Please use this identifier to cite or link to this item: http://rportal.lib.ntnu.edu.tw:80/handle/20.500.12235/86942
Title: 大學生「女運動員三症候群」之相關探討
Related Studies in ‘Female Athlete Triad’ of University Students
Authors: 湯馥君
Fu-Chun Tang
賴淑萍
Shu-Ping Lai
Keywords: 女運動員三症候群
體型意識
飲食行為
身體組成
骨骼代謝
female athlete triad
body image
dietary behavior
body composition
bone turnover
Issue Date: 2006
Abstract: 本研究目的是探討女學生運動員體型意識、運動訓練與「女運動員三症候群」之相關。研究對象為大學女生(18~22歲),依運動訓練及月經週期之規律性分四組:經期規律運動組20人、經期不規律運動組20人、經期規律靜態組21人及經期不規律靜態組20人;分別進行「飲食、運動與生活習慣問卷」、飲食態度問卷調查、身體組成、跟骨廣頻超音波衰減率之測量、血清雌激素濃度分析、維生素D 受器基因BsmI多型性,及尿液羥基脯胺酸、3-甲基組胺酸、鈣等濃度及其酸鹼值檢測。 結果發現,長期從事運動訓練對女學生運動員之雌激素濃度並未造成干擾,但有延遲初經年齡之趨勢。運動組之期望體型較靜態組纖細,體型不滿意度較高 (p<.05),飲食態度得分≧20分者之比例也高於靜態組 (15% vs. 4.8%)。四組受試者之熱量攝取皆未達建議量,但對自我食量有高估之錯誤認知。受試者食物攝取及身體組成之差異,源於運動訓練 (p<.05)。運動組非正餐之熱量攝取高於靜態組 (p<.05),但三餐之熱量攝取則低於靜態組 (p<.005),並有較多飲食異常之行為。同體重下,運動組之除脂體重較高,而靜態組則是體脂重較高。運動組之跟骨廣頻超音波衰減率顯著高於不規律靜態組 (p<.05),顯示運動對雌激素濃度低下者之骨骼具有保護作用。本研究受試者之BsmI基因多型性頻度分配為BB (4.9%)、Bb (1.2%)與bb (93.8%),故無法藉由統計探討基因與骨骼健全之關連性。尿液之羥基脯胺酸、3-甲基組胺酸、鈣等濃度,於各組之間無顯著差異。 受試者之體型意識影響其飲食態度,但不影響飲食攝取;長期運動訓練影響身體組成,但不影響血清雌激素濃度。儘管飲食攝取不當,飲食態度扭曲,但本研究受試者目前並未有明顯之「女運動員三症候群」症狀。
The purpose of this study was to explore the correlation among body image, exercise training, and ‘female athlete triad’ of university students. Based on exercise training and menstrual status, the university female students (aged 18~22 years) were divided into four groups: regular menstruation/exercise subjects (n=20), irregular menstruation/exercise subjects (n=20), regular menstruation/sedentary subjects (n=21), and irregular menstruation/sedentary subjects (n=20). We examined dietary behavior and exercise habits, Eating Attitudes Test (EAT-26), body composition, calcaneus broadband ultrasound attenuation (BUA), serum estradiol concentration, BsmI polymorphism at the vitamin D receptor (VDR) gene locus, urinary concentrations of hydroxyproline (HP), 3-methylhistidine (3-MH), and calcium, and urinary pH value. We found that serum estradiol concentration was not affected by exercise training which was supposed to delay the age at menarche in athletes. The desire for being slender in the exercise subjects was significantly stronger than the sedentary subjects (p<.05). The body dissatisfaction in the exercise subjects was significantly higher than the sedentary subjects (p<.05). Number of subjects with EAT greater than 20 was found to be more in the exercise groups than in the sedentary groups (15% vs. 4.8%). Although self-perceived food intake was overestimated, the energy intake of the female subjects was below the recommendation. The differences in food intake and body composition among the groups were primarily due to exercise effect (p<.05). The energy intakes from snack and drinks in the exercise subjects were significantly higher than those in the sedentary subjects (p<.05), whereas the energy intake from meals was significantly lower (p<.005). Within the same body weight, the fat-free mass in the exercise subjects tended to be higher than that in the sedentary subjects, whereas the fat mass was lower. The BUA of the exercise subjects was significantly higher than that of the irregular menstruation/sedentary subjects (p<.05). At a low serum concentration of estradiol, exercise demonstrated a protective role on bone mass and bone quality. Since the genotype distribution found in this study was 4.9% BB; 1.2% Bb; and 93.8% bb, the genetic impact on the bone integrity of our subjects could not be explored statistically. There was no significant difference in the urinary HP, 3-MH, and calcium concentrations among the four groups. The body image of the female subjects affected their eating attitudes, but did not affect their dietary intake. Exercise training influenced the body composition, but not the serum estradiol concentration. Although the food intake was inadequate, along with poor eating attitudes, the ‘Female athlete triad’, however, was not observed in the present study.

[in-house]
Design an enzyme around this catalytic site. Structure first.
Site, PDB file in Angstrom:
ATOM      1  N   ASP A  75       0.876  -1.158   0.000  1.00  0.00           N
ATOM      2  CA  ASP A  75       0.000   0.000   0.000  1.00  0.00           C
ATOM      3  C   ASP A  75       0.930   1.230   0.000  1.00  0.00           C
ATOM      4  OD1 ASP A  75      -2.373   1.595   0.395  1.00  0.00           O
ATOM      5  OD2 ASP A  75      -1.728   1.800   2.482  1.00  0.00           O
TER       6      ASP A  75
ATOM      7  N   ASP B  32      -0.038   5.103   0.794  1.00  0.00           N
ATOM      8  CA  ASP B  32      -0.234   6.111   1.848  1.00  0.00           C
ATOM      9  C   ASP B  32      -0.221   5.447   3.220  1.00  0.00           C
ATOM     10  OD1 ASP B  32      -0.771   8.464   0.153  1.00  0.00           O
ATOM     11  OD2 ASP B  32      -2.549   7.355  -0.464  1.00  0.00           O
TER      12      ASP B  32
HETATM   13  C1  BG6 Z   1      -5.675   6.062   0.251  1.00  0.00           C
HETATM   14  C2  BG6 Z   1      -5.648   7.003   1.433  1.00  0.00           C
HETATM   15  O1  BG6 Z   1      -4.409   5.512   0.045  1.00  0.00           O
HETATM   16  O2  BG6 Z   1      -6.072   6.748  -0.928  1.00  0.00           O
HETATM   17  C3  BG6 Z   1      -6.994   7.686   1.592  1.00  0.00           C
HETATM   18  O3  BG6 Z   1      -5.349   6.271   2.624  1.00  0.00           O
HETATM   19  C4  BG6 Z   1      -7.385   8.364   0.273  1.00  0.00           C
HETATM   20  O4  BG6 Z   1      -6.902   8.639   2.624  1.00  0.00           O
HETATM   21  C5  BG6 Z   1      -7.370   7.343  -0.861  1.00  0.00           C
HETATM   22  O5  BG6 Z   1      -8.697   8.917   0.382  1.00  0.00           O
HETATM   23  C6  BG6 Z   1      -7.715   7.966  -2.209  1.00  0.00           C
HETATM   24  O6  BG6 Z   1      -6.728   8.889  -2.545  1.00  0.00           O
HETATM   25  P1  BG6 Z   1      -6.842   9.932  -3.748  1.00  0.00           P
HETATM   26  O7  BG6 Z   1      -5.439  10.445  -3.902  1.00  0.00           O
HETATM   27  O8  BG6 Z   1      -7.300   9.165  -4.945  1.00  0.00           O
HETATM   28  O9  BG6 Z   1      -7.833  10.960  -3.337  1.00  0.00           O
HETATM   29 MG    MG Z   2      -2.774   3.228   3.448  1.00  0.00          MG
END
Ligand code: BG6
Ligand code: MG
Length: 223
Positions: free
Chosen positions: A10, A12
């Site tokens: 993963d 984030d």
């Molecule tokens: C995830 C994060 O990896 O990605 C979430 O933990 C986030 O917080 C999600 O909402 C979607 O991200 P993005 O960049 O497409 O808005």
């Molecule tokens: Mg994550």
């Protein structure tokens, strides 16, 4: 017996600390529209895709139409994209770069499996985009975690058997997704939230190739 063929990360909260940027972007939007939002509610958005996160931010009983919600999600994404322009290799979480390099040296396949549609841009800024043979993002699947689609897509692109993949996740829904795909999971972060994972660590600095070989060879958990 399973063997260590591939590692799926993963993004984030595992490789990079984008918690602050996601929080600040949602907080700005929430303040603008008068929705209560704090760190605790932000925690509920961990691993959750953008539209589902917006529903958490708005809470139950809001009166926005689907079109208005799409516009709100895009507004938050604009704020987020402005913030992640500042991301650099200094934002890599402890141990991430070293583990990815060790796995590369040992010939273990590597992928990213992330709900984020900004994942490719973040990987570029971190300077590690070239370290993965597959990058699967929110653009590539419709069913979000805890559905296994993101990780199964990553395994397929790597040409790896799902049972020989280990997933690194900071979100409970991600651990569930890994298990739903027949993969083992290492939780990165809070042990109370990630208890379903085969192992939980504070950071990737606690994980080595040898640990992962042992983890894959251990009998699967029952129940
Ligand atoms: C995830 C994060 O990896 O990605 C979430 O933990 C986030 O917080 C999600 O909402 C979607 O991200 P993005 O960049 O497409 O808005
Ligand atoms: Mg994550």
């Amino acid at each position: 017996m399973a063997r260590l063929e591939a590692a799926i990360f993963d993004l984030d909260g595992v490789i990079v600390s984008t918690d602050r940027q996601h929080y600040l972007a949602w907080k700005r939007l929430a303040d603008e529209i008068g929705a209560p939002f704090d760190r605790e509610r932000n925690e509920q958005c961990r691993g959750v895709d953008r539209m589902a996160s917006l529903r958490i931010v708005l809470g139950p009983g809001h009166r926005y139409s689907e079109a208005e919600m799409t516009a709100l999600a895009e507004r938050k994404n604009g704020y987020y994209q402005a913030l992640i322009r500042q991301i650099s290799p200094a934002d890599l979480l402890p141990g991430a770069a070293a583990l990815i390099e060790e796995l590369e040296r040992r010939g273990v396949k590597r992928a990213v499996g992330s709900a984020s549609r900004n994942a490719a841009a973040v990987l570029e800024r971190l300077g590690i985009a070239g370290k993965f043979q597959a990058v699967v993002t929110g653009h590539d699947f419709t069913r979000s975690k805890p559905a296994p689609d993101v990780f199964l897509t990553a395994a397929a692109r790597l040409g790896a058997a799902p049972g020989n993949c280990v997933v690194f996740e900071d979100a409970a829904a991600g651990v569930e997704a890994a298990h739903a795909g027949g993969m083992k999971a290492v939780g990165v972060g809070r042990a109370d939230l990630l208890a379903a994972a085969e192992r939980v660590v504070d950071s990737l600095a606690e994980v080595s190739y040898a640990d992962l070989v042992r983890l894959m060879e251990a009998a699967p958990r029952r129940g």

URI: http://etds.lib.ntnu.edu.tw/cgi-bin/gs32/gsweb.cgi?o=dstdcdr&s=%22http://etds.lib.ntnu.edu.tw/cgi-bin/gs32/gsweb.cgi?o=dstdcdr&s=id=%22GN0692060270%22.&%22.id.&
http://rportal.lib.ntnu.edu.tw:80/handle/20.500.12235/86942
Other Identifiers: GN0692060270
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